When Kim Kardashian and Ye — then still known as Kanye West — announced their divorce, I did not bat an eye. Rumors had been flying for a while and — after a couple of suspicious Halloween costumes and Ye’s increasing Kim-targeted rants — divorce seemed inevitable.
I pretty much forgot about the announcement then, and I thought the divorce would be just as insignificant to me as your garden-variety celebrity split. Boy, was I wrong.
I don’t know what I expected given that Ye — the man notorious for interrupting Taylor Swift’s VMA speech because he believed she didn’t deserve to win — is not the most graceful loser. But his divorce is one confusing, messy spectacle we’re all forced to bear witness to, despite our attempts to ignore it. We have much more important things to focus on like Rihanna’s pregnancy or the latest Zoe Kravitz movie — now I spend my days saying "uncuh gyams" on repeat (IYKYK).
Frankly, their past few months have been a brazen press tour rather than a divorce. Each news story features a complex web of egoism, sexism, and even racism — from Kim’s problematic SNL monologue and that Blackfishing Vogue cover to Kanye’s manipulative Instagram posts. We refuse to mention the Super Bowl Instagram posts.
As the former power couple have battled it out in the public eye, their replacement relationships — or on Ye’s part, his faulty parachute relationship — have caught the public’s attention. Kim’s with the people’s favorite stand-up comic and serial monogamist, Pete Davidson; and Ye’s now-defunct tryst with actress Julia Fox has busted up completely.
Both new partners have been plagued by intense media scrutiny, but public perception of them is quite different. Why? Sexism.
Pete Davidson is well known for dating some of the most desirable women in Hollywood. While many wonder what exactly draws them to him — sometimes cruelly judging his appearance — he’s mainly applauded for dating Kim. While the innate sexism of treating Kim like a prize to be won is its own issue, this is wildly divergent from how Julia Fox has been treated.
In a recent episode of Forbidden Fruits — Fox’s podcast with co-host Niki Takesh — Fox discussed her relationship with Ye and the press’s narratives surrounding it. Fox is unphased by the omnipresent negativity, saying: "People are like 'Oh, you're only in it for the fame, you're in it for the clout, you're in it for the money.' Honey, I've dated billionaires my entire adult life, let's keep it real."
Fox doesn’t find these media accusations surprising, and neither should we. The notion that she’s self-interested, ill-intentioned, and clout-chasing comes from the ingrained idea that women who want more are bad.
Too often, women are systematically discouraged from seeking success and penalized when they do — especially if they’re brazenly shameless about it. According to money expert, Stefanie O’Connell-Rodriguez, women are punished for seeking advancements or — heaven forbid — positions of power.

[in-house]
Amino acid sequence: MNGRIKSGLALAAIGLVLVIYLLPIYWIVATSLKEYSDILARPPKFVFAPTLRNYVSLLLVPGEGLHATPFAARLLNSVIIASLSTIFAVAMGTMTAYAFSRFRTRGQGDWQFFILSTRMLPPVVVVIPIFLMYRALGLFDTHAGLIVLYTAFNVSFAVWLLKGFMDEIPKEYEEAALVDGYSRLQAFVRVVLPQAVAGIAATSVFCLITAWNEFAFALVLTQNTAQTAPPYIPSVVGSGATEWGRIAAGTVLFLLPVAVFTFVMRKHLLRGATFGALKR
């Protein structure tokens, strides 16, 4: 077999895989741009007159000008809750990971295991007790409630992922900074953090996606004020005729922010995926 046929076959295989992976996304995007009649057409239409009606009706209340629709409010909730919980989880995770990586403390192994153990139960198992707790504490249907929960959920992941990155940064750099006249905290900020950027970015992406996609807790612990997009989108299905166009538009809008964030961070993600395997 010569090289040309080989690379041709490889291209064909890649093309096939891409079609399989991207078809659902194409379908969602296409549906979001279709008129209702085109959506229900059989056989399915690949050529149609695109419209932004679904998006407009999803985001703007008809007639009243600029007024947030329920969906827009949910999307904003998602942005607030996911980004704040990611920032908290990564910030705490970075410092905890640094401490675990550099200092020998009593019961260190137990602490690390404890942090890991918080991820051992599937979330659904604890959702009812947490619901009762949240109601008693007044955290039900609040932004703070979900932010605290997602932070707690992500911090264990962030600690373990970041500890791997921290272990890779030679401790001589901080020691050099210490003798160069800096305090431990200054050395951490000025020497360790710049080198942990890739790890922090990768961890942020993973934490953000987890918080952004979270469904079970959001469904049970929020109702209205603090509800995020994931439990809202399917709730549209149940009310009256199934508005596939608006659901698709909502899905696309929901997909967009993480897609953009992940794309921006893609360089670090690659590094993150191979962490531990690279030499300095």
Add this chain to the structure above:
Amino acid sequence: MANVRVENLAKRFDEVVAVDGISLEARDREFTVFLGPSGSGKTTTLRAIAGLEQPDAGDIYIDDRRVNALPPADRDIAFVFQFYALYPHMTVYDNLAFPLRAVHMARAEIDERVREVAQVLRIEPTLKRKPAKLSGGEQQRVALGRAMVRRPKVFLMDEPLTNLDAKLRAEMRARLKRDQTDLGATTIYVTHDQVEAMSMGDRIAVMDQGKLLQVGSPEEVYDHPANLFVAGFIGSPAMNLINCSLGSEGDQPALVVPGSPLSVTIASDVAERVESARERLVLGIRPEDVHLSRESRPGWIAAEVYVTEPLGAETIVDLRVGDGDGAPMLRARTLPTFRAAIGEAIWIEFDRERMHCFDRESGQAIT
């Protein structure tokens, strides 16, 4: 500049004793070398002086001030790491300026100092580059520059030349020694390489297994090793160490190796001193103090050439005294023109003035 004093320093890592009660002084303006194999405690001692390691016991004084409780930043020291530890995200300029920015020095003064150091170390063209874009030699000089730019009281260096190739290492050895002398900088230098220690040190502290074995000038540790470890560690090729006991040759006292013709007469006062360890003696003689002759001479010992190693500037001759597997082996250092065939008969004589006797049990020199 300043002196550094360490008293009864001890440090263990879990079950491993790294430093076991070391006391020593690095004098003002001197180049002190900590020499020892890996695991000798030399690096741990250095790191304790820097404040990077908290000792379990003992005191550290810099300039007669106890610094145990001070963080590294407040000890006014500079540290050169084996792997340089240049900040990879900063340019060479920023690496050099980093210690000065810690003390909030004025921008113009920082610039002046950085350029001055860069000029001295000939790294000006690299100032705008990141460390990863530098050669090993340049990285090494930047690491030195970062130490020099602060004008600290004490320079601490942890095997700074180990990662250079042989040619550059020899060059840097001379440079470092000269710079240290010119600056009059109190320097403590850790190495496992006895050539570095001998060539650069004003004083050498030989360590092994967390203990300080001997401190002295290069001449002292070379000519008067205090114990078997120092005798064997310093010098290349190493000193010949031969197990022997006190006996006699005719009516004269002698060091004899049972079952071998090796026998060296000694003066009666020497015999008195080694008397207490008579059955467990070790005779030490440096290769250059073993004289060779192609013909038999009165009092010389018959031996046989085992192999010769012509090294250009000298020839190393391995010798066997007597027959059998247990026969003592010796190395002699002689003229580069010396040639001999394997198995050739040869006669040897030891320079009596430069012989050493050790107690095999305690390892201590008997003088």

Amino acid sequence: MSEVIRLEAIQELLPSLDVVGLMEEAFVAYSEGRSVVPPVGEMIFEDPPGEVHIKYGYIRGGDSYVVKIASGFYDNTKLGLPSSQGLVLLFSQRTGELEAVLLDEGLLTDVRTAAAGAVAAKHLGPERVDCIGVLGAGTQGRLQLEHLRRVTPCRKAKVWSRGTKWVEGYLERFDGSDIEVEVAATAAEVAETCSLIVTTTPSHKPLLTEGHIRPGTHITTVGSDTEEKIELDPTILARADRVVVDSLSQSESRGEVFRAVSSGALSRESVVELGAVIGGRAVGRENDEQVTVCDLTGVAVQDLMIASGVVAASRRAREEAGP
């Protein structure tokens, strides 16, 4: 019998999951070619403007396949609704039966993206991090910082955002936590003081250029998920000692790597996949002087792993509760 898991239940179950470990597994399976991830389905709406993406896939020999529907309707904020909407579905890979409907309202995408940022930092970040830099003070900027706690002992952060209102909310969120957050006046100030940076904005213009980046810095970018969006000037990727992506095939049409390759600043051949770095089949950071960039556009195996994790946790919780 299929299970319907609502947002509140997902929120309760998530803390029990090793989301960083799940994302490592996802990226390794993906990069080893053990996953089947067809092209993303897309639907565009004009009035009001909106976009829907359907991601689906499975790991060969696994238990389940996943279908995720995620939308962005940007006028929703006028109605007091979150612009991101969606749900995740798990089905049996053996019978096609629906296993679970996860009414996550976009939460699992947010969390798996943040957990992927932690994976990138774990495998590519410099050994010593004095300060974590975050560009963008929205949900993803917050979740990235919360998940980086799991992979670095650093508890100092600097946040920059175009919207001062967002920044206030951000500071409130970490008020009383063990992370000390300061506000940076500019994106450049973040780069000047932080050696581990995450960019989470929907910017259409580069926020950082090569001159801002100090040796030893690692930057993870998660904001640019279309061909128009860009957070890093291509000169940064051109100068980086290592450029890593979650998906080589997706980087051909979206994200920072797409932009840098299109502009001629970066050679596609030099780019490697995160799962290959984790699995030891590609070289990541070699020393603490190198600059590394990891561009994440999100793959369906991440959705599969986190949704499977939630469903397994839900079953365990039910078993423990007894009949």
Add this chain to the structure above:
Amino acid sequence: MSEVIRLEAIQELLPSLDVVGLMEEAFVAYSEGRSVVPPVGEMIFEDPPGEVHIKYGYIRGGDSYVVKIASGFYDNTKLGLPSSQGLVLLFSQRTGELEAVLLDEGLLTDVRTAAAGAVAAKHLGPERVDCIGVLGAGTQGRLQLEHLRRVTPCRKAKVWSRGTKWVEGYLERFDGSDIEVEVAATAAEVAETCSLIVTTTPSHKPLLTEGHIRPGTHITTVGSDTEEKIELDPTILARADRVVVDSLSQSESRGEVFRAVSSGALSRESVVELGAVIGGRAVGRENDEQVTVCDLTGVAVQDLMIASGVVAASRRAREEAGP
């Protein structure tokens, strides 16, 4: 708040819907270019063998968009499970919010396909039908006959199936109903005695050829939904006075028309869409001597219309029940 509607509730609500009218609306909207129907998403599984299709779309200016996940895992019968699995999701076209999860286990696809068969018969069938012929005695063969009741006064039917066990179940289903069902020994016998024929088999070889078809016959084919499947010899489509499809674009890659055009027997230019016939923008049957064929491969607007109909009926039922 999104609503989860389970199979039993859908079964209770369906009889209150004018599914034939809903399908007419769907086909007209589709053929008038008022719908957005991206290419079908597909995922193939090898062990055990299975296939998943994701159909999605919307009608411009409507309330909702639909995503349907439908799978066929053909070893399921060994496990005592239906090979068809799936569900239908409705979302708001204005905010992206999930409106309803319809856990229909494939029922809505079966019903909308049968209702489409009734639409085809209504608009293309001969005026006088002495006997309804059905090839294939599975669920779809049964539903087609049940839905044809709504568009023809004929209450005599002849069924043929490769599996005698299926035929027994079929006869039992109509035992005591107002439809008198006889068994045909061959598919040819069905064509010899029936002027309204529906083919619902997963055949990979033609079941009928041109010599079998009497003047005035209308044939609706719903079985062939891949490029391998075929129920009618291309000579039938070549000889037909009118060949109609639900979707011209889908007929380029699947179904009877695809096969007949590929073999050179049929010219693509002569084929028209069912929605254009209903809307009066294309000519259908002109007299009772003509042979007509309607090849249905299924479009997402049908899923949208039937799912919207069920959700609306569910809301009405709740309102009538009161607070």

O’Connell-Rodriguez refers to this as the ambition penalty, saying: “The problem with this messaging is it implies that a woman’s primary obstacle to economic power is herself, and that inequities in pay and wealth result from our own behavior. There’s no acknowledgment of how women are often penalized for pursuing their ambitions.”
To combat the ambition penalty, it’s important for society to see prominent examples of women acting ambitiously, and getting rewarded for it. Changing the culture isn’t merely about telling women to take “just” out of their emails and apologize less. It’s about demanding equitable representation and tearing down prevailing structures of oppression.
When it comes to personal finances, women are increasingly challenging notions that they’re hopeless with money and they shouldn’t have control over it anyway. The Confessions of a Shopaholic spiraling? The Carrie Bradshaw cluelessness? These tropes are long out of fashion.
Instead, it’s increasingly common to see women in pop culture claiming their financial independence. Instead of “can you pay my bills” — sorry Destiny’s Child — female artists are declaring their ability to pay their own bills and demanding respect for their financial achievements.
Despite the slowly shifting ties, cultural phenomena such as this drawn-out divorce remind us of how far there is left to go.
While Julia is branded an opportunist, Pete is considered a hero. And it’s not just Julia under the microscope. Kim has been equally accused of being with Pete for PR reasons and engineering the relationship for her own gain.
In both cases, the women are viewed as greedy and shamed about how their relationships might be in their self-interest.
Fox won’t let those accusations merely bounce off her — she’s embracing them. If she can have fun dating Ye while advancing her career, why not? “Why not see me for what I am which is a #1 hustler,” she told The Cut. After announcing their split on Valentine's Day, Fox is only just beginning to demonstrate her own vision, rather than being subject to the press — or Ye.
Despite Ye’s public parade of Kim look-alikes and his manipulative attempts to coerce her back into his life, no one questions his motives. And despite serious doubts about the legitimacy of Pete’s alliance with Kim, accusatory fingers are never pointed in his direction.
The ambition gap paints women with one brush, blinding us to the nuance in their actions. While both relationships increase the couples’ fame, the women are the ones called out for it. So what if there is a PR element to these curious couplings? Celebrity relationships have never been the exemplars of purity and virtue. This, we expect. But we shouldn’t have to expect sexism too.
In a perfect world, I’d simply discount the goings-on of KimYe, JulYe, and whatever we’re calling Kim and Pete. But the blatant sexism and problematic narratives surrounding these pairings is a glaring reminder of society’s larger issues.